Vedomosti: Would you say that Allianz is taking a bullish stance on the Russian market?

 

L.H.D.: They wouldn’t like that expression in Munich. Allianz is a pretty conservative company. It may be better to grow gradually in a managed way rather than try to take things by storm. Many aggressive companies come and go, but we’ve been in the market for 100 years and will stay. I like the words “purposeful” and “determined” more, because Allianz is determined to develop its business in Russia.

Vedomosti: What is Allianz’s strategy in Russia now?

L.H.D.: As a percentage of Allianz’s entire business, the operations in Russia aren’t very big. On the other hand, I’m convinced that as long as the European crisis continues, the growth potential in economies with saturated markets is very limited. But companies have to grow. It’s like riding a bike – if you fail to accelerate, you won’t succeed. Therefore, growth markets are very important, because that’s where the growth opportunities are concentrated. Shareholders want to see growth and profits, and in this context we are very important.

Vedomosti: Russian business is often short of transparency; kickbacks and other corrupt practices are routine here. How do you think we should combat them?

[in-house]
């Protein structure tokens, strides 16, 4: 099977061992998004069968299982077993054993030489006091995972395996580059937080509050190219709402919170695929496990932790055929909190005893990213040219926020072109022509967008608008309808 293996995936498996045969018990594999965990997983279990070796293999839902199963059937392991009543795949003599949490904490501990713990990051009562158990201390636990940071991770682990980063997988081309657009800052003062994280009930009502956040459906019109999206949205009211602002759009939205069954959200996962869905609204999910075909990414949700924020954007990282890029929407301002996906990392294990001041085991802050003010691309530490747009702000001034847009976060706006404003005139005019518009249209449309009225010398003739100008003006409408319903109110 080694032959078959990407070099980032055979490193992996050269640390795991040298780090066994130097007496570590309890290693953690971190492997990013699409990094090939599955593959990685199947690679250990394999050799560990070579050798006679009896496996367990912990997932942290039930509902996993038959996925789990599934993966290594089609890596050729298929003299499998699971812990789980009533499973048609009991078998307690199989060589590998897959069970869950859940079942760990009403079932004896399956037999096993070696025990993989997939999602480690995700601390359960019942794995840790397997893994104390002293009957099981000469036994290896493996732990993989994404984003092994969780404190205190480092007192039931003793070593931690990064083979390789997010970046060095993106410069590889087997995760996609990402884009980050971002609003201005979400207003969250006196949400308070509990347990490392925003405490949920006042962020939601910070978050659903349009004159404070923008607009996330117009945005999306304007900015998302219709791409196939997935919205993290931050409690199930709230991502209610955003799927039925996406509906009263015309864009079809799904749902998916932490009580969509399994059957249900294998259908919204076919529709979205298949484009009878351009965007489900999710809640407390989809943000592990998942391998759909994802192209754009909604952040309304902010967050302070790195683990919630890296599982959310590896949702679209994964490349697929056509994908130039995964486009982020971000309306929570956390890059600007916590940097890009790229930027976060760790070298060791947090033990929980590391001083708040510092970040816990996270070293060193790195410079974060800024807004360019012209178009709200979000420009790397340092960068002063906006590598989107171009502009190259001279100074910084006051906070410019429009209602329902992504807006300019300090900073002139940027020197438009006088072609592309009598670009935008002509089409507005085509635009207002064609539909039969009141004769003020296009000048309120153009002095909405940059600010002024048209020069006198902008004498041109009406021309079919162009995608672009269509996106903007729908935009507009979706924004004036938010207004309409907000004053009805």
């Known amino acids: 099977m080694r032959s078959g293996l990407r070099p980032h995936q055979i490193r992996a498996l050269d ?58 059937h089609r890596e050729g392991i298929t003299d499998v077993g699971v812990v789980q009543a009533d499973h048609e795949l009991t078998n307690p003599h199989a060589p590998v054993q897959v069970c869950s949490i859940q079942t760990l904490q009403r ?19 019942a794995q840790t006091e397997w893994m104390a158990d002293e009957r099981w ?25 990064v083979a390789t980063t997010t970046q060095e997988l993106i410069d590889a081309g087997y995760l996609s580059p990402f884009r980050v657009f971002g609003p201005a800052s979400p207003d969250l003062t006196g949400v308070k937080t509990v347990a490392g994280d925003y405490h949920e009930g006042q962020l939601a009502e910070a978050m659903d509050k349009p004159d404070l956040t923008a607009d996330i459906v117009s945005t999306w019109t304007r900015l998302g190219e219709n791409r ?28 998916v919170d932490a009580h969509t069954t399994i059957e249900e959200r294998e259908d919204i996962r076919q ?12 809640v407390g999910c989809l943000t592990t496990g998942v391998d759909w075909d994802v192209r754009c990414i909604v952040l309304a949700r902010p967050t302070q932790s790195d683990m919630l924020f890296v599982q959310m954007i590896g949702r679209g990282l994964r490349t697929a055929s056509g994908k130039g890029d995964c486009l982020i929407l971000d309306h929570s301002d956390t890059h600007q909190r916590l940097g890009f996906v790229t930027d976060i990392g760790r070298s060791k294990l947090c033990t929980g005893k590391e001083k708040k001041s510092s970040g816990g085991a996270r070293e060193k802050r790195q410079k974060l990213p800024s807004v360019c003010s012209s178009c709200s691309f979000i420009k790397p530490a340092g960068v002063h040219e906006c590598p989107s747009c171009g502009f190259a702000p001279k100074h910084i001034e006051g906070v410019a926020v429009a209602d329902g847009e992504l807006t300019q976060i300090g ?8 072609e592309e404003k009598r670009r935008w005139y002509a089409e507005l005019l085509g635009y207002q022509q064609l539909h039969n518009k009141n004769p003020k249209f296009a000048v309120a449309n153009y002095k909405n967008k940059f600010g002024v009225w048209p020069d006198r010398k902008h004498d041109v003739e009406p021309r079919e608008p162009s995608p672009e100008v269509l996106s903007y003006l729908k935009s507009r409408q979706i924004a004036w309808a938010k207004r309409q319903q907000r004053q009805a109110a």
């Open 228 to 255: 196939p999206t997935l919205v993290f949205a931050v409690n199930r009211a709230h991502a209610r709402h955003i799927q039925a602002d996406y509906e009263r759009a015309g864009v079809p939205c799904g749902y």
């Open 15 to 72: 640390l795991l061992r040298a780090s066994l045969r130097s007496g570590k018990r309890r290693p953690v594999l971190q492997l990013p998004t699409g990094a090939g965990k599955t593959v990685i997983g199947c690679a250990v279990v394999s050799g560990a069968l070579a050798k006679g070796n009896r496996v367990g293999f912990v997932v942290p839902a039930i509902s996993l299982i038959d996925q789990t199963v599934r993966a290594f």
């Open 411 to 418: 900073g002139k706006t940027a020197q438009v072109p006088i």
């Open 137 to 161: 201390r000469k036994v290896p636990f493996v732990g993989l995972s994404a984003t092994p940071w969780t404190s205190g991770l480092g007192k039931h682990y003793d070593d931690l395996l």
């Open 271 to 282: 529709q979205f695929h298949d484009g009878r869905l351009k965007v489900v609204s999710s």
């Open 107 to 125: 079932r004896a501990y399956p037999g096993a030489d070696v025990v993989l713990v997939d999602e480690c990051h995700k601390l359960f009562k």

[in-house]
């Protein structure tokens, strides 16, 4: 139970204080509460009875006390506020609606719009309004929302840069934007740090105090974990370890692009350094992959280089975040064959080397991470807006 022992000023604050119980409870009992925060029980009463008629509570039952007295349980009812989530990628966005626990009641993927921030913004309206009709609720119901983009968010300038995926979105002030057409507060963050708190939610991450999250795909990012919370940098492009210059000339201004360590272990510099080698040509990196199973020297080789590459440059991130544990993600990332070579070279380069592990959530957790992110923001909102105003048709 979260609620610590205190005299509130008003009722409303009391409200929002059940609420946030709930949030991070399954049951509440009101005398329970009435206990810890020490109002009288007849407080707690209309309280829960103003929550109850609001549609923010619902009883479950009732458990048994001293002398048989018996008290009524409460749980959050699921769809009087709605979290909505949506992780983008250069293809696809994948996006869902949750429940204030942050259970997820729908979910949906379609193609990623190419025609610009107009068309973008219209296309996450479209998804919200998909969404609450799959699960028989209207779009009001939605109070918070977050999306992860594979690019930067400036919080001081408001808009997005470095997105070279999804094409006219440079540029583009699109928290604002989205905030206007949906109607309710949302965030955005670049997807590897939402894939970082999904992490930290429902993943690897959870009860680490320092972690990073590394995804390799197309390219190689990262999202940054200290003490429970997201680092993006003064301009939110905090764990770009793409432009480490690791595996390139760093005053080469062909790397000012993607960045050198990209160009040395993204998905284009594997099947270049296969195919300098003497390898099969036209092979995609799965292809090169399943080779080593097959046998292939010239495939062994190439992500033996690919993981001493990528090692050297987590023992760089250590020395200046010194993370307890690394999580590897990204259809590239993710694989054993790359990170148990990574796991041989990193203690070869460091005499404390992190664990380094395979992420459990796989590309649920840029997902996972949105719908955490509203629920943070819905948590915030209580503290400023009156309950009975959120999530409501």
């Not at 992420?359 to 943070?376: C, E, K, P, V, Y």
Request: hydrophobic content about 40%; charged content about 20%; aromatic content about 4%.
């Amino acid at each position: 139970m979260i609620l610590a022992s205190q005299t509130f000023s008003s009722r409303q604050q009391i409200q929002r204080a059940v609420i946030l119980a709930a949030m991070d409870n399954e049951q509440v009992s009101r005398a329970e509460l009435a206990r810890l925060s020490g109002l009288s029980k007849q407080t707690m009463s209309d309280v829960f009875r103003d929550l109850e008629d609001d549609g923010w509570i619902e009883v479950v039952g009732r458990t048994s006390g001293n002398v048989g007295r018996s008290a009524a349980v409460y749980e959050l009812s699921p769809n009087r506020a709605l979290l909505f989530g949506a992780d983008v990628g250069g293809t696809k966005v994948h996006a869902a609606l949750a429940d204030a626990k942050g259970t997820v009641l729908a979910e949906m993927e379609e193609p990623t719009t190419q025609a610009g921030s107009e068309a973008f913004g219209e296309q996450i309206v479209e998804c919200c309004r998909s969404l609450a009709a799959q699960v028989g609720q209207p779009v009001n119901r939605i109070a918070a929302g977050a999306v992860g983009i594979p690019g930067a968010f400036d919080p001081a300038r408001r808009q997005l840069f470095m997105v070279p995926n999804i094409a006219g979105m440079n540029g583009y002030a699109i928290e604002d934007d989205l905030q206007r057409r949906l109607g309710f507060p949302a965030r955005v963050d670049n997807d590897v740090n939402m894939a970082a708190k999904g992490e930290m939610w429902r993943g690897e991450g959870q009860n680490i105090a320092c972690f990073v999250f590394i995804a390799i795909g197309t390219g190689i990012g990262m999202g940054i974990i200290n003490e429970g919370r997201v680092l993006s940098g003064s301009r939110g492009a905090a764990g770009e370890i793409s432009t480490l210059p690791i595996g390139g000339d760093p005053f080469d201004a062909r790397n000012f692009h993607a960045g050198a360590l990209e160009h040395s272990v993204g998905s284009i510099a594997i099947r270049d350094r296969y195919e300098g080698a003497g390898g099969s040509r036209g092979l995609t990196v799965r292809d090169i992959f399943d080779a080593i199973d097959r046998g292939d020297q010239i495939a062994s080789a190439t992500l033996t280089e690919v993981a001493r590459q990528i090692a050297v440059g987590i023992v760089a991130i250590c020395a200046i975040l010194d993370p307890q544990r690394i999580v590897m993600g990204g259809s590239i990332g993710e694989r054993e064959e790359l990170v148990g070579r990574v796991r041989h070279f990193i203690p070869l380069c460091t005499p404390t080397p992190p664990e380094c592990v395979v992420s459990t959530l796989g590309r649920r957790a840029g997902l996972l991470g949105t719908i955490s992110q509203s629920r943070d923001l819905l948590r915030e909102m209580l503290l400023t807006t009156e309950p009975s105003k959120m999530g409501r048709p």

H.D.: It would be a mistake to think that other countries have fully transparent business, free from bribes and fraud. But for Russia, it’s a more universal problem than for most of the markets where I’ve worked. However, I’m not sure whether the problem here is worse than say, in Latvia. And this is a huge risk for a company like Allianz, because we have no options other than to work transparently. It means that from time to time we will have to say ‘no’ to the market, which reduces growth potential and is thus a serious issue. The Russian market works for a commission. There are many payments in cash and many personal sales. This combination creates many opportunities like those that you have described. How can we fight this? I think the only way in the long term is to develop Russian society. Insurance is integrated into the life of society. There will never be any separate rules for insurance and society. There are two reasons for this: the first is economic development, because the more we develop, the more bank transfers and fewer cash payments take place. Second is the development and improvement of the legislative system. Strict market control is also essential. All of this work is underway. It seems to me that the process is a bit too slow, but it’s moving in the right direction. I believe there’s also one more reason: the lack of trust. Sometimes there is no trust in companies, and sometimes there is no trust in people.